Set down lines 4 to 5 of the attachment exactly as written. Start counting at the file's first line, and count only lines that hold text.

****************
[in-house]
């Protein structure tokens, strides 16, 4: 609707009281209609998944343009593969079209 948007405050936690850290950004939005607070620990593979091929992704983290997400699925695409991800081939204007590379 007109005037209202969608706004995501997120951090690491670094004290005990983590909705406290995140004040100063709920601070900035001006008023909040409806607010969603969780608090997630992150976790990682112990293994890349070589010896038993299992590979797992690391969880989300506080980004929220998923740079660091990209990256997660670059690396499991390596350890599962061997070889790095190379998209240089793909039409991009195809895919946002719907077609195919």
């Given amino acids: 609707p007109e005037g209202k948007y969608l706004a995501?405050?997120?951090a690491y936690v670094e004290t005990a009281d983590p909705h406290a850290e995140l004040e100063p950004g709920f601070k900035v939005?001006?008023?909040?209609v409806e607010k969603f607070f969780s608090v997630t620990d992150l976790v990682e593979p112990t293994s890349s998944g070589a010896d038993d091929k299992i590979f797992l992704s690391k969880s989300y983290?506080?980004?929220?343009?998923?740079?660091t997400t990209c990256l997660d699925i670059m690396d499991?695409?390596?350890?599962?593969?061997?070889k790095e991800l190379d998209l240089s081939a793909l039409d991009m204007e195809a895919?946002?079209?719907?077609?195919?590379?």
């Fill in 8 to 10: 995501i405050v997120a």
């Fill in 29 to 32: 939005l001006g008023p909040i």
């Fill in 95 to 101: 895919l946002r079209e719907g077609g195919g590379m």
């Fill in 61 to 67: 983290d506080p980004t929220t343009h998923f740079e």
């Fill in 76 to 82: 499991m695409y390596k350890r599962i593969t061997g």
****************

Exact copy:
């Fill in 8 to 10: 995501i405050v997120a």
């Fill in 29 to 32: 939005l001006g008023p909040i």